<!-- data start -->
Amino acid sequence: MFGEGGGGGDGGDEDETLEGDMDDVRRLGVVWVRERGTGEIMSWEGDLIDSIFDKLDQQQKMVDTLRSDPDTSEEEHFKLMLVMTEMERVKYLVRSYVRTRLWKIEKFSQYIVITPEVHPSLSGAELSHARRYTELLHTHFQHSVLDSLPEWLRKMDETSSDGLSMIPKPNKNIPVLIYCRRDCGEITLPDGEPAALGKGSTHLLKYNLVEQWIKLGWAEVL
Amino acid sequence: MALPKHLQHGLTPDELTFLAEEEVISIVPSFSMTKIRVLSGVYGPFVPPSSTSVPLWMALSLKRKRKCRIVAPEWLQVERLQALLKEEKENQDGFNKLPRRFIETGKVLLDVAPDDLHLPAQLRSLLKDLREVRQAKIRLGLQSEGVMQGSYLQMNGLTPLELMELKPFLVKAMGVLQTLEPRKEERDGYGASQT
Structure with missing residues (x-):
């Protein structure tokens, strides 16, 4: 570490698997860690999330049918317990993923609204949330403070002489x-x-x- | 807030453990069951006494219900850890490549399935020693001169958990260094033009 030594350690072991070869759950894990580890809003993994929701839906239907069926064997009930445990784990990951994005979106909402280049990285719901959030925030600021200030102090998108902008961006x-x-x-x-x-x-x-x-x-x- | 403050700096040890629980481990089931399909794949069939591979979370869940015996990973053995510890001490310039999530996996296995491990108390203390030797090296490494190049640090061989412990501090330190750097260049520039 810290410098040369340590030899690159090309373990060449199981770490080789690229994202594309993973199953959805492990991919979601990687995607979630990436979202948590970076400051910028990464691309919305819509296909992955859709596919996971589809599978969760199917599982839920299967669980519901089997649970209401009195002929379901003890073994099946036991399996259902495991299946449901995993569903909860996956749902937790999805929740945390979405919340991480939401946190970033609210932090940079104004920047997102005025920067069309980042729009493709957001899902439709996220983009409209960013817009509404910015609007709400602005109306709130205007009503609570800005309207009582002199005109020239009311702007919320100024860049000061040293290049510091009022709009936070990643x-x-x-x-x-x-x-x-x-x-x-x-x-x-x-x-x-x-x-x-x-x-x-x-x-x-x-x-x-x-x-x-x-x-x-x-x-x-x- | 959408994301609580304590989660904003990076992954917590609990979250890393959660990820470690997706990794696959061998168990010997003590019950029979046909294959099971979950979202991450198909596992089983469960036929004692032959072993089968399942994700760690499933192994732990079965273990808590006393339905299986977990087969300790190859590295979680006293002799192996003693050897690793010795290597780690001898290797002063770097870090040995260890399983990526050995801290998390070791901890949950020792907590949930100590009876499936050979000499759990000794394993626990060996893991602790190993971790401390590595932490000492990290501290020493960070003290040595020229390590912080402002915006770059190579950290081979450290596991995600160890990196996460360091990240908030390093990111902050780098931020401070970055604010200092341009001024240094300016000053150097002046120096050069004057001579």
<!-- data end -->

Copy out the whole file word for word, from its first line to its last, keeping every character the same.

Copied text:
Amino acid sequence: MFGEGGGGGDGGDEDETLEGDMDDVRRLGVVWVRERGTGEIMSWEGDLIDSIFDKLDQQQKMVDTLRSDPDTSEEEHFKLMLVMTEMERVKYLVRSYVRTRLWKIEKFSQYIVITPEVHPSLSGAELSHARRYTELLHTHFQHSVLDSLPEWLRKMDETSSDGLSMIPKPNKNIPVLIYCRRDCGEITLPDGEPAALGKGSTHLLKYNLVEQWIKLGWAEVL
Amino acid sequence: MALPKHLQHGLTPDELTFLAEEEVISIVPSFSMTKIRVLSGVYGPFVPPSSTSVPLWMALSLKRKRKCRIVAPEWLQVERLQALLKEEKENQDGFNKLPRRFIETGKVLLDVAPDDLHLPAQLRSLLKDLREVRQAKIRLGLQSEGVMQGSYLQMNGLTPLELMELKPFLVKAMGVLQTLEPRKEERDGYGASQT
Structure with missing residues (x-):
């Protein structure tokens, strides 16, 4: 570490698997860690999330049918317990993923609204949330403070002489x-x-x- | 807030453990069951006494219900850890490549399935020693001169958990260094033009 030594350690072991070869759950894990580890809003993994929701839906239907069926064997009930445990784990990951994005979106909402280049990285719901959030925030600021200030102090998108902008961006x-x-x-x-x-x-x-x-x-x- | 403050700096040890629980481990089931399909794949069939591979979370869940015996990973053995510890001490310039999530996996296995491990108390203390030797090296490494190049640090061989412990501090330190750097260049520039 810290410098040369340590030899690159090309373990060449199981770490080789690229994202594309993973199953959805492990991919979601990687995607979630990436979202948590970076400051910028990464691309919305819509296909992955859709596919996971589809599978969760199917599982839920299967669980519901089997649970209401009195002929379901003890073994099946036991399996259902495991299946449901995993569903909860996956749902937790999805929740945390979405919340991480939401946190970033609210932090940079104004920047997102005025920067069309980042729009493709957001899902439709996220983009409209960013817009509404910015609007709400602005109306709130205007009503609570800005309207009582002199005109020239009311702007919320100024860049000061040293290049510091009022709009936070990643x-x-x-x-x-x-x-x-x-x-x-x-x-x-x-x-x-x-x-x-x-x-x-x-x-x-x-x-x-x-x-x-x-x-x-x-x-x-x- | 959408994301609580304590989660904003990076992954917590609990979250890393959660990820470690997706990794696959061998168990010997003590019950029979046909294959099971979950979202991450198909596992089983469960036929004692032959072993089968399942994700760690499933192994732990079965273990808590006393339905299986977990087969300790190859590295979680006293002799192996003693050897690793010795290597780690001898290797002063770097870090040995260890399983990526050995801290998390070791901890949950020792907590949930100590009876499936050979000499759990000794394993626990060996893991602790190993971790401390590595932490000492990290501290020493960070003290040595020229390590912080402002915006770059190579950290081979450290596991995600160890990196996460360091990240908030390093990111902050780098931020401070970055604010200092341009001024240094300016000053150097002046120096050069004057001579």